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Tumour-infiltrating inflammatory and immune cells in patients with extrahepatic cholangiocarcinoma

British Journal of Cancer volume 118, pages 171180 (23 January 2018) | Download Citation

This article has been updated

Abstract

Background:

Inflammation and immune characteristics of the tumour microenvironment have therapeutic significance. The aim of this study was to investigate the clinical impact on disease progression in human extrahepatic cholangiocarcinoma (ECC).

Methods:

A total of 114 consecutive ECC patients with curative resection between 2000 and 2014 were enrolled. Tumour infiltrating CD66b+ neutrophils (TANs; tumour associated neutrophils), CD163+ M2 macrophages (TAMs; tumour associated macrophages), CD8+ T cells, and FOXP3+ regulatory T cells (Tregs) were assayed by immunohistochemistry, and their relationships with patient clinicopathological characteristics and prognosis were evaluated.

Results:

Tumour associated neutrophils were inversely correlated with CD8+ T cells (P=0.0001) and positively correlated with Tregs (P=0.001). High TANs (P=0.01), low CD8+ T cells (P=0.02), and high Tregs (P=0.04) were significantly associated with poor overall survival (OS). A high-risk signature, derived from integration of intratumoural inflammatory and immune cells, was significantly associated with poor recurrence-free survival (P=0.01) and OS (P=0.0008). A high-risk signature was correlated with postoperative distant metastases. Furthermore, a high-risk signature was related to the resistance to gemcitabine-based chemotherapy used after recurrence.

Conclusions:

Our data showed that tumour infiltrating inflammatory and immune cells may play a pivotal role in ECC progression and a high-risk signature predicted poor prognosis in ECC patients.

Main

In the tumour microenvironment, inflammatory reactions play key roles in carcinogenesis and cancer progression. The initiation of solid tumours is thought to be governed by genetic and epigenetic alterations of neoplastic cells during a multi-step tumour pathogenesis (Hanahan and Weinberg, 2011). In the past two decades, the tumour microenvironment has also emerged as an equally important determinant of tumour behaviour (Joyce and Pollard, 2009; McAllister and Weinberg, 2014). Inflammatory reactions, which are important for wound repair, are also associated with stimulation of cancer cell proliferation, invasion, migration, metastasis, and tumour angiogenesis (Balkwill and Mantovani, 2001; Coussens and Werb, 2002; Grivennikov et al, 2010). In addition to the cancer cells and their surrounding stroma, the tumour microenvironment includes cells associated with both innate and adaptive immunity (de Visser et al, 2006). Intercellular communication controls and regulates tumour growth by direct contact or indirect interaction by autocrine and paracrine signalling of cytokines and chemokines (Grivennikov et al, 2010). Interest in targeting immune cells has increased not only in melanoma but also in gastrointestinal tumours including cholangiocarcinoma (Sabbatino et al, 2016; Fontugne et al, 2017).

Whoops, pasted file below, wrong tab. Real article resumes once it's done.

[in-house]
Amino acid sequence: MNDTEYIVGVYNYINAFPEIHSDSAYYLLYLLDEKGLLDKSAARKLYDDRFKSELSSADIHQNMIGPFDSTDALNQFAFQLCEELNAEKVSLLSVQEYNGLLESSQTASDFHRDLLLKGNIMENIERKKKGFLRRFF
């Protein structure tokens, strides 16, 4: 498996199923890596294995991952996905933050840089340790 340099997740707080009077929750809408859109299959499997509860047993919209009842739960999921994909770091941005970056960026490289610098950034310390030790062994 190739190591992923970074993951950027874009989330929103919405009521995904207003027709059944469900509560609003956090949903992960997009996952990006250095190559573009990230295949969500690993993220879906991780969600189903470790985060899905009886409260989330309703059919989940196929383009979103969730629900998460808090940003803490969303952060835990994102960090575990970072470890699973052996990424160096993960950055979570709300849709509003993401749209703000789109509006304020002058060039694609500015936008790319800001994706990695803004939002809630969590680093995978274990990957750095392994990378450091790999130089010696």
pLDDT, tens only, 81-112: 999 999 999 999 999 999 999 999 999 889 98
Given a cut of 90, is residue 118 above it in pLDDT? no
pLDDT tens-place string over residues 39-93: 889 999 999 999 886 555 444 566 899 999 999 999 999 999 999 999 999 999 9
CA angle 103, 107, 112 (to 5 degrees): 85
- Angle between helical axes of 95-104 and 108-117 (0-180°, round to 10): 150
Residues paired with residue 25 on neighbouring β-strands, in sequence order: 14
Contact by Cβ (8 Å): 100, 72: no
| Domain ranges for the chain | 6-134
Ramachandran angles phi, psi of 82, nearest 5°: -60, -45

Infiltration of inflammatory and immune cells such as neutrophils and macrophages that participate in defense against injury and infection can also induce tumour progression and metastasis, that is, as tumour associated neutrophils (TANs) and tumour associated macrophages (TAMs) (Qian and Pollard, 2010; Coffelt et al, 2016). Large numbers of tumour-infiltrating neutrophils indicate poor prognosis in patients with hepatocellular carcinoma (HCC) and renal cell carcinoma (Jensen et al, 2009; Li et al, 2011), as do large numbers of tumour-infiltrating macrophages in patients with HCC and Hodgkin’s lymphoma (Zhu et al, 2008; Steidl et al, 2010). Moreover, previous studies revealed that TANs and TAMs are polarised toward an antitumour (N1 or M1) versus a protumour (N2 or M2) phenotype, depending on tumour microenvironment (Fridlender et al, 2009; Qian and Pollard, 2010). Regulatory T cells (Tregs) have also been shown to support tumour growth and invasion by suppressing host immune responses (Plitas and Rudensky, 2016; Tanaka and Sakaguchi, 2017). Large numbers of tumour-infiltrating Tregs have been associated with poor prognosis in patients with pancreatic and ovarian cancer (Curiel et al, 2004; Hiraoka et al, 2006). On the other hand, large numbers of tumour-infiltrating CD8+ T cells indicate a favourable prognosis in patients with colorectal and ovarian cancer (Naito et al, 1998; Zhang et al, 2003). Systematic analysis of tumour-infiltrating inflammatory and immune cells in cancer tissue would thus enable us to understand their role in tumour progression.